VoIP stands for “Voice over Internet Protocol”. It is a relatively new technology that allows you to place phone calls over your internet connection.
VoIP was originally used by people looking to have inexpensive long distance, especially for making international calls. Today, however, people use VoIP for both local and long distance calling, with some even using VoIP as their primary telephone line.
All VoIP requires some sort of broadband internet connection. A speed of 1.5 Mbps is sufficient, though a faster speed will provide a better quality connection.
Some forms of VoIP are standalone and don’t require a computer. A special modem with a telephone jack, called, often referred to as an analog adapter, is attached to your internet line, and then you can plug any standard telephone into that jack. While using our search tool, you will find this type of VoIP plan labeled as either Monthly Plan w/Adapter or Digital Phone under our VoIP service plans. These types of plans will give you VoIP without needing to have your computer turned on.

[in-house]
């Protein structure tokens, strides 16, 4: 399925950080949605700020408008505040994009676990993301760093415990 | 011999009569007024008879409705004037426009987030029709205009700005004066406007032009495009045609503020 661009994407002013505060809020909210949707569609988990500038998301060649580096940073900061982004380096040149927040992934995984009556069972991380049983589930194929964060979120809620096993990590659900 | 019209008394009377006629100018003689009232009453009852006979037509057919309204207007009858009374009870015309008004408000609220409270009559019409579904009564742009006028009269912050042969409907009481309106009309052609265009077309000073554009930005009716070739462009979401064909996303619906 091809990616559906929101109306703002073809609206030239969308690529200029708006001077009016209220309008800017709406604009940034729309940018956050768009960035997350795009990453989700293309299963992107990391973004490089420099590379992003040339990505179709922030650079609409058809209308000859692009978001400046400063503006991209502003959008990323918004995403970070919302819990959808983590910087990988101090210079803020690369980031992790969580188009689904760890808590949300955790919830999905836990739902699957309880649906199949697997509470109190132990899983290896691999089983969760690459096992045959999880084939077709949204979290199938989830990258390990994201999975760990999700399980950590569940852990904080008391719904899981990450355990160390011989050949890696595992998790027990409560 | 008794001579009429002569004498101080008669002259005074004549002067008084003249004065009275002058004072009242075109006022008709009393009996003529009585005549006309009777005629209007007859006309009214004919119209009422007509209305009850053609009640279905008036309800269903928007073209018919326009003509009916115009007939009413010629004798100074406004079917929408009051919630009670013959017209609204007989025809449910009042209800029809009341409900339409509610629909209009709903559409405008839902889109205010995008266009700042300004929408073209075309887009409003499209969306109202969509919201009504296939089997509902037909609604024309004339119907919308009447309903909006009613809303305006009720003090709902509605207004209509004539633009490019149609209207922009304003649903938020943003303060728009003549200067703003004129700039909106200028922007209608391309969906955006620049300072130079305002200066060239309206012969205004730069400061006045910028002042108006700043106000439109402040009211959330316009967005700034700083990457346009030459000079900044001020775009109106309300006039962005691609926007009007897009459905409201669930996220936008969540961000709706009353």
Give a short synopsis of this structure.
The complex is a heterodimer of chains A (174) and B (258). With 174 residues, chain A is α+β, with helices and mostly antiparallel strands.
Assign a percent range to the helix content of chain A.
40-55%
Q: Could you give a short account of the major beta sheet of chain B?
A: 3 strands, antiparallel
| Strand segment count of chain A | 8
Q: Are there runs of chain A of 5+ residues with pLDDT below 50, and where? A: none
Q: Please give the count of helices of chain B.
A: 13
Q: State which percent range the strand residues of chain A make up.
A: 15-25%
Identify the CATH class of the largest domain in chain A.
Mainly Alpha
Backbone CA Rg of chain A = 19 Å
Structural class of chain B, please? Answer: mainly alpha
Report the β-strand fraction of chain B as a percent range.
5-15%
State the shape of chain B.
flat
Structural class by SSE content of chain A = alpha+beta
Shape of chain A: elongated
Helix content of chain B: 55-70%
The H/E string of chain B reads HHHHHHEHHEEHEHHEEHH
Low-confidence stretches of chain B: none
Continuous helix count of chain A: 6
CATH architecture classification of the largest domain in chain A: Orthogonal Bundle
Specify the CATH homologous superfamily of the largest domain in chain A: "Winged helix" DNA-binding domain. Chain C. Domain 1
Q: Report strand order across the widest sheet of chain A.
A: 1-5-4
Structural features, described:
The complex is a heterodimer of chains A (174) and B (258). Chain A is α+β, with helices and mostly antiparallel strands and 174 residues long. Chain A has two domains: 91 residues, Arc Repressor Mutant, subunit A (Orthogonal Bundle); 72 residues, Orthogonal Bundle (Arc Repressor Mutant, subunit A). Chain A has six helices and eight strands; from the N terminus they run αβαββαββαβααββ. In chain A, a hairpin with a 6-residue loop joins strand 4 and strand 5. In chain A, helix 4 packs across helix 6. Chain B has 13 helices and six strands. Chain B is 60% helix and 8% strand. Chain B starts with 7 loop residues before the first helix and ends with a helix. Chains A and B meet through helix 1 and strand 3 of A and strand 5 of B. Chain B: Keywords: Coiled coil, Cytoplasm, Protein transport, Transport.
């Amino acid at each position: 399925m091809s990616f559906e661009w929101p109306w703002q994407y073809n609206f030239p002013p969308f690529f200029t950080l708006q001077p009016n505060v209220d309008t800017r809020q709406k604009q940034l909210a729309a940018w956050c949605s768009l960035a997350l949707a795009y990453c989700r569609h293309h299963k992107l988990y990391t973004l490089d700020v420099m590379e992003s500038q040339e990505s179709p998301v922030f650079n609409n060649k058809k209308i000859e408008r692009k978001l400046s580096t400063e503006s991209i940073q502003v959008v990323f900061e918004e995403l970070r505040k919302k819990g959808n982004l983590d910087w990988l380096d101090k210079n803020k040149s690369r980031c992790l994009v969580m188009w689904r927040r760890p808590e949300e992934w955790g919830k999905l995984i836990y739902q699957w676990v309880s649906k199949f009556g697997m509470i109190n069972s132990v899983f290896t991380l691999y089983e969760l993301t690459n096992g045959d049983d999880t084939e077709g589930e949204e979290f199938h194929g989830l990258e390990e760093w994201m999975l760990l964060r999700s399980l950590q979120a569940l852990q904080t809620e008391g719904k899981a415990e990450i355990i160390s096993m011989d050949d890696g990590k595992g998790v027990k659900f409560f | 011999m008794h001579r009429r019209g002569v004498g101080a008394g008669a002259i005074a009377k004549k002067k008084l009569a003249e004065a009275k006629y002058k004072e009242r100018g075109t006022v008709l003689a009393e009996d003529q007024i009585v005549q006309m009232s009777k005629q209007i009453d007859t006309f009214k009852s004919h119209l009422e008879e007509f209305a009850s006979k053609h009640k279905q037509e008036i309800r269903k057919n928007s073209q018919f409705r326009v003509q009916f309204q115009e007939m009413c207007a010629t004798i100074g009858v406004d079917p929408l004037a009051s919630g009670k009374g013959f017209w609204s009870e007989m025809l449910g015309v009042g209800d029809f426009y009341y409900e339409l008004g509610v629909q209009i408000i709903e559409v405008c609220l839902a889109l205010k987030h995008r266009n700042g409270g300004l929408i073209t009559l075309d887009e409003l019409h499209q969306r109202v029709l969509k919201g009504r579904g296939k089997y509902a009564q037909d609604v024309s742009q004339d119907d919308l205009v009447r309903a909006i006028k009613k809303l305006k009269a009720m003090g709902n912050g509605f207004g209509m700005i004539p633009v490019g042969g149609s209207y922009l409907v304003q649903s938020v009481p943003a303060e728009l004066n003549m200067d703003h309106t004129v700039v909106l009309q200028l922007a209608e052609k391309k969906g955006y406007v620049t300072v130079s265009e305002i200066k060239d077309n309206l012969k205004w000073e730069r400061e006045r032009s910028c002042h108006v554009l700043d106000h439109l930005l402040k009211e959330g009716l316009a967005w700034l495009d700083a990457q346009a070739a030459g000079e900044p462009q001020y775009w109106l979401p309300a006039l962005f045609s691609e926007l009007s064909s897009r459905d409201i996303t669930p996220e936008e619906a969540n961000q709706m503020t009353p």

Other forms of VoIP require a computer for access. Some provide you with hardware that allows you to plug a standard telephone into your computer, while others require the use of a simple microphone and headphones plugged into your computer.
Sound quality of calls used to be an issue with VoIP, and it still may depending on the type of VoIP used and the speed of your internet connection. Digital Phone plans offered by service providers, however, will have comparable quality to most traditional landline or mobile phones.
The major disadvantage to using VoIP, especially as your primary phone line, is that since it requires the use of either a modem or computer, it will not function during power outages. In the event of power interruption, you will be unable to call 911 or other emergency services during this time. If this is a concern, then you should still keep a traditional phone line or mobile phone for emergency use, or at the very least have a battery backup for your VoIP modem and/or computer. Also, it is important to note that some popular VoIP services, such as Skype, offer no 911 emergency access at any time.